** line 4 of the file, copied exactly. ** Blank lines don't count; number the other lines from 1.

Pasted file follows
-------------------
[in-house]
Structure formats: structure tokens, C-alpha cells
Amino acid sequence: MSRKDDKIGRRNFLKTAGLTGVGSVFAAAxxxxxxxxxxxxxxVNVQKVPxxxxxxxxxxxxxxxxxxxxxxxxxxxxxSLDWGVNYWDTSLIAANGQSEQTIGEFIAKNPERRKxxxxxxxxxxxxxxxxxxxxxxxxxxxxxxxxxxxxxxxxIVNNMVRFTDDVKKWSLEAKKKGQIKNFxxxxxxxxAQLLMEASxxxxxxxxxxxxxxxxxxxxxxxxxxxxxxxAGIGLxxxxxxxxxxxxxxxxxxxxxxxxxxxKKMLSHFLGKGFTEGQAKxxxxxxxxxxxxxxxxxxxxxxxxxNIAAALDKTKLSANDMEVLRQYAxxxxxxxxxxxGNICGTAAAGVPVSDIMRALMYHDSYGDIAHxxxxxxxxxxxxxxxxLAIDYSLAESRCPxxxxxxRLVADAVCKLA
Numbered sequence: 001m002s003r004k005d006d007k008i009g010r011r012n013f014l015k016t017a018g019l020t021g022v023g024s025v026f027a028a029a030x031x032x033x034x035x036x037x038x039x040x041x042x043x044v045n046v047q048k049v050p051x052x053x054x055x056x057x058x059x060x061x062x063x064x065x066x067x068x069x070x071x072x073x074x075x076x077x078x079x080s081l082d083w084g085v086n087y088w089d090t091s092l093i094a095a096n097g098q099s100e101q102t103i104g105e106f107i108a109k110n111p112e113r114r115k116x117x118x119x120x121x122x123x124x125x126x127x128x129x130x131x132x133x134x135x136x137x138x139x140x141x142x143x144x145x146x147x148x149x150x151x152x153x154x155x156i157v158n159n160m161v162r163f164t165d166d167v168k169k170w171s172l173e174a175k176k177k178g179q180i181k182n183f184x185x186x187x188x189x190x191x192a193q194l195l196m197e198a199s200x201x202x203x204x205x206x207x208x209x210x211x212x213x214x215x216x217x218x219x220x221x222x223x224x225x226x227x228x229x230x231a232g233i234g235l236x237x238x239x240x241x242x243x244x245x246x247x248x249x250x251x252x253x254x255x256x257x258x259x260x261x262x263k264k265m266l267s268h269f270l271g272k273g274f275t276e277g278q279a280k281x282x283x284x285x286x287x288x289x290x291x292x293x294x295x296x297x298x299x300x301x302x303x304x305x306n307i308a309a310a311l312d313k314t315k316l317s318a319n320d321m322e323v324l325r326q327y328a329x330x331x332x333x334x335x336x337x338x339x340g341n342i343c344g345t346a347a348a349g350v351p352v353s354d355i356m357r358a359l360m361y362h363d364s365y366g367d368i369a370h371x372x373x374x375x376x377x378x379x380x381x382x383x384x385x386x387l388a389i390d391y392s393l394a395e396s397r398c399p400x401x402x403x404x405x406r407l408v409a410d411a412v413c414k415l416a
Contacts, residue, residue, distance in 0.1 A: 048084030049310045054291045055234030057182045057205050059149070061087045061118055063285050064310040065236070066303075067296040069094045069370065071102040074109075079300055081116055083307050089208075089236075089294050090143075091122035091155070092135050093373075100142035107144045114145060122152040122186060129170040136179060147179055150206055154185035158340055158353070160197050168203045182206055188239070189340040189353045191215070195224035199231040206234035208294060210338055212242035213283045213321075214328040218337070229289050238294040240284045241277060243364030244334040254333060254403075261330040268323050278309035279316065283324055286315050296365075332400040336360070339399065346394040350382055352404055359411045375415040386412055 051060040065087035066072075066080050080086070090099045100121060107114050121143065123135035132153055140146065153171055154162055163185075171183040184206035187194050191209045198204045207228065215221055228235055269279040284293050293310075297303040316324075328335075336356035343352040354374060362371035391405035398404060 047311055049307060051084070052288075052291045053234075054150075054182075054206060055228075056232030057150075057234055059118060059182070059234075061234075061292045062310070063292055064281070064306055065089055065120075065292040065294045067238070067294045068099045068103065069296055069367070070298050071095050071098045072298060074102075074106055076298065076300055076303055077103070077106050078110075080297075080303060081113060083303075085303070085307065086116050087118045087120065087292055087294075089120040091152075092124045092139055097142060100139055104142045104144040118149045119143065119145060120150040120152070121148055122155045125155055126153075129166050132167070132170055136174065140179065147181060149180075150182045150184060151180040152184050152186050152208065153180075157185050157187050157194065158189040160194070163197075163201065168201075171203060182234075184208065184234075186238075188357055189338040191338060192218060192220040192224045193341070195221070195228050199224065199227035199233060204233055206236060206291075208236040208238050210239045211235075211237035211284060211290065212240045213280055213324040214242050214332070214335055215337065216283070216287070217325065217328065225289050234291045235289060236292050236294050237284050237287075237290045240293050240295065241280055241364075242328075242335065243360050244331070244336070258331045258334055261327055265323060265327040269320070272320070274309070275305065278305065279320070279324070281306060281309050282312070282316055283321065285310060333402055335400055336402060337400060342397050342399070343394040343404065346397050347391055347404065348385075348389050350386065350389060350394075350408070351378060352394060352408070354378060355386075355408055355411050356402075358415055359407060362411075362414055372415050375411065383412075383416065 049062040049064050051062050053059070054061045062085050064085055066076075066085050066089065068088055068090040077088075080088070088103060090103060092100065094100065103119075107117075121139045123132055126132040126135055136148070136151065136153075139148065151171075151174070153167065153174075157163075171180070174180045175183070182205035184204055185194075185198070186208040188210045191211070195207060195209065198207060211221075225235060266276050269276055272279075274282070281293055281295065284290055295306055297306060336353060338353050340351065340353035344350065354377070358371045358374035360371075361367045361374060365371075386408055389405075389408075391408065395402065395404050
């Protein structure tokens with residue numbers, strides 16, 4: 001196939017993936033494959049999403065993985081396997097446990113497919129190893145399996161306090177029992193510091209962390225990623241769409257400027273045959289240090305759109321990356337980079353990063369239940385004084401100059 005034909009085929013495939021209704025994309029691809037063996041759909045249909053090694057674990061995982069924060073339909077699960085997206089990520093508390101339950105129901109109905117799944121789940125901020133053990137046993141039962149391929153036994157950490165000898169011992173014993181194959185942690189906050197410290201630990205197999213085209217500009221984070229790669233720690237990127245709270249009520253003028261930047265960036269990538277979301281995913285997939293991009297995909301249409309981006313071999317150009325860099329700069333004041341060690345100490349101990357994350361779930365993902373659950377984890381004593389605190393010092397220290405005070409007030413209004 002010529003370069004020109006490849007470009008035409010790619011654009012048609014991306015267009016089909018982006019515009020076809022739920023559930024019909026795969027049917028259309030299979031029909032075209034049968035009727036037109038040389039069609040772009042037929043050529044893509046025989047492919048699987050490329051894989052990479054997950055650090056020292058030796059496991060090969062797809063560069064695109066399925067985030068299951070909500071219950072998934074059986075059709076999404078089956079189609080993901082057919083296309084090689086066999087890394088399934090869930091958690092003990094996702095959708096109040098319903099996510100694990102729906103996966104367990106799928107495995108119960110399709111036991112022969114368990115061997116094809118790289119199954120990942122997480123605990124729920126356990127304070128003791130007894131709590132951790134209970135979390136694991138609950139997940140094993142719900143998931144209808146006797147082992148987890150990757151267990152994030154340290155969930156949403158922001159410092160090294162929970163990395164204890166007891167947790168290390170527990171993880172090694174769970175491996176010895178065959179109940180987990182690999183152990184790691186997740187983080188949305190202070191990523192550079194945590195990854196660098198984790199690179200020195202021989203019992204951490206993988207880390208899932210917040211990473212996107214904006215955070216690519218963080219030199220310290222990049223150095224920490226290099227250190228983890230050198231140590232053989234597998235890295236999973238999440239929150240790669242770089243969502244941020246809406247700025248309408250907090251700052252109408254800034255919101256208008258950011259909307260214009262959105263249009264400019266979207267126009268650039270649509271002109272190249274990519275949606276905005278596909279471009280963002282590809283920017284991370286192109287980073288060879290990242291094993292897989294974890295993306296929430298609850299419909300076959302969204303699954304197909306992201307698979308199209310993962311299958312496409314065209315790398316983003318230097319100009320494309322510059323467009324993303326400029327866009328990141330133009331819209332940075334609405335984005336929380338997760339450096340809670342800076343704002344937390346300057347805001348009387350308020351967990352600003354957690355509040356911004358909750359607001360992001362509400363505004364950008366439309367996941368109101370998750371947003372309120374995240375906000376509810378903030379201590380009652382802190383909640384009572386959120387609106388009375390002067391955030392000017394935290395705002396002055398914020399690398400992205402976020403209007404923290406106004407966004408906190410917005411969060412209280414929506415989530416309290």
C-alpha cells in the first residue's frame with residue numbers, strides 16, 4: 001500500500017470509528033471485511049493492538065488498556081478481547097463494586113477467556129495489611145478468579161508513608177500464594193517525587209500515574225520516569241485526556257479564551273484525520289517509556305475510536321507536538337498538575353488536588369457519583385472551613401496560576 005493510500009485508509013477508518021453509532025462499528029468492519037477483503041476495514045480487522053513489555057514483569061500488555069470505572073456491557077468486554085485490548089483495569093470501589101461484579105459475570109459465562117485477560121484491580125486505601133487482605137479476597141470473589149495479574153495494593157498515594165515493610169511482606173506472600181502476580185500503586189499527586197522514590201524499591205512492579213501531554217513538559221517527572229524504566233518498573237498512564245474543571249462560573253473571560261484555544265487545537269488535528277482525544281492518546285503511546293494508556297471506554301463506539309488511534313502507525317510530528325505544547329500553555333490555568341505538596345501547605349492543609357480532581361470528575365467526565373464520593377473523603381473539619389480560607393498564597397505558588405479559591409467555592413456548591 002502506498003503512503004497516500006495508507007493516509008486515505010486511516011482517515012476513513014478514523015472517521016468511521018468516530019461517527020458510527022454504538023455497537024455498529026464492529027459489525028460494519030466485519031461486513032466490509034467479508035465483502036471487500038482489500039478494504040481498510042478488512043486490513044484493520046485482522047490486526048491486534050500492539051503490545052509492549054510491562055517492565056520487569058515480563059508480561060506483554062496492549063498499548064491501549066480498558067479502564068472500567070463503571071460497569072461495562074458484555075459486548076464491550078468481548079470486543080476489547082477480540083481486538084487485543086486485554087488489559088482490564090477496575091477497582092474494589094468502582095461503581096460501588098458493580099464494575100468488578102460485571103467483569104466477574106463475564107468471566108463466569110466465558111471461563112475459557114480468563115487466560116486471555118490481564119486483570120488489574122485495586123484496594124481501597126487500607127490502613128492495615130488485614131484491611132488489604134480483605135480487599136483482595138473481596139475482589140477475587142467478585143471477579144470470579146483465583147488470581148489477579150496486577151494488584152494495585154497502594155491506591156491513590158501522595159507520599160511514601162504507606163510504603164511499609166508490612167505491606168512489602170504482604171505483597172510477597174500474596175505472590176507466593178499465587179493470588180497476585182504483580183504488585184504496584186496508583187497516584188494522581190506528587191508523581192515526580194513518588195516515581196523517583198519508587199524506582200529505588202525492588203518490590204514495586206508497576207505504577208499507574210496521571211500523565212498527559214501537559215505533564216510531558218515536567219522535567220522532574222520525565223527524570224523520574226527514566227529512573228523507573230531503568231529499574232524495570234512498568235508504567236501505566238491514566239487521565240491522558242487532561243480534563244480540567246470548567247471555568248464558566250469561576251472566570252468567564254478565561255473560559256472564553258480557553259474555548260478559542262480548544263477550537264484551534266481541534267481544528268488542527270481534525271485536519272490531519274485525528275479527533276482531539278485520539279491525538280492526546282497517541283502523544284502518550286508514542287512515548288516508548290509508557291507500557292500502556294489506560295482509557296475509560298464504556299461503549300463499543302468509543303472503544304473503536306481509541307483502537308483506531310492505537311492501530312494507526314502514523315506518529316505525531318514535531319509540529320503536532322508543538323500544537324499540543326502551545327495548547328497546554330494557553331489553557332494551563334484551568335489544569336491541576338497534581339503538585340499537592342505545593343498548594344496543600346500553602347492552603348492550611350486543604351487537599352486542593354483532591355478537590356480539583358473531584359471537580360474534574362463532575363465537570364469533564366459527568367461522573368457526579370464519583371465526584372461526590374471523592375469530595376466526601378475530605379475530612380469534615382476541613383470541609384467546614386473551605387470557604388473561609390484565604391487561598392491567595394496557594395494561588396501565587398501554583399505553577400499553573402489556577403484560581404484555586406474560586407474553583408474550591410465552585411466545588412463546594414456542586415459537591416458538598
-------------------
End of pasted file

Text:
Numbered sequence: 001m002s003r004k005d006d007k008i009g010r011r012n013f014l015k016t017a018g019l020t021g022v023g024s025v026f027a028a029a030x031x032x033x034x035x036x037x038x039x040x041x042x043x044v045n046v047q048k049v050p051x052x053x054x055x056x057x058x059x060x061x062x063x064x065x066x067x068x069x070x071x072x073x074x075x076x077x078x079x080s081l082d083w084g085v086n087y088w089d090t091s092l093i094a095a096n097g098q099s100e101q102t103i104g105e106f107i108a109k110n111p112e113r114r115k116x117x118x119x120x121x122x123x124x125x126x127x128x129x130x131x132x133x134x135x136x137x138x139x140x141x142x143x144x145x146x147x148x149x150x151x152x153x154x155x156i157v158n159n160m161v162r163f164t165d166d167v168k169k170w171s172l173e174a175k176k177k178g179q180i181k182n183f184x185x186x187x188x189x190x191x192a193q194l195l196m197e198a199s200x201x202x203x204x205x206x207x208x209x210x211x212x213x214x215x216x217x218x219x220x221x222x223x224x225x226x227x228x229x230x231a232g233i234g235l236x237x238x239x240x241x242x243x244x245x246x247x248x249x250x251x252x253x254x255x256x257x258x259x260x261x262x263k264k265m266l267s268h269f270l271g272k273g274f275t276e277g278q279a280k281x282x283x284x285x286x287x288x289x290x291x292x293x294x295x296x297x298x299x300x301x302x303x304x305x306n307i308a309a310a311l312d313k314t315k316l317s318a319n320d321m322e323v324l325r326q327y328a329x330x331x332x333x334x335x336x337x338x339x340g341n342i343c344g345t346a347a348a349g350v351p352v353s354d355i356m357r358a359l360m361y362h363d364s365y366g367d368i369a370h371x372x373x374x375x376x377x378x379x380x381x382x383x384x385x386x387l388a389i390d391y392s393l394a395e396s397r398c399p400x401x402x403x404x405x406r407l408v409a410d411a412v413c414k415l416a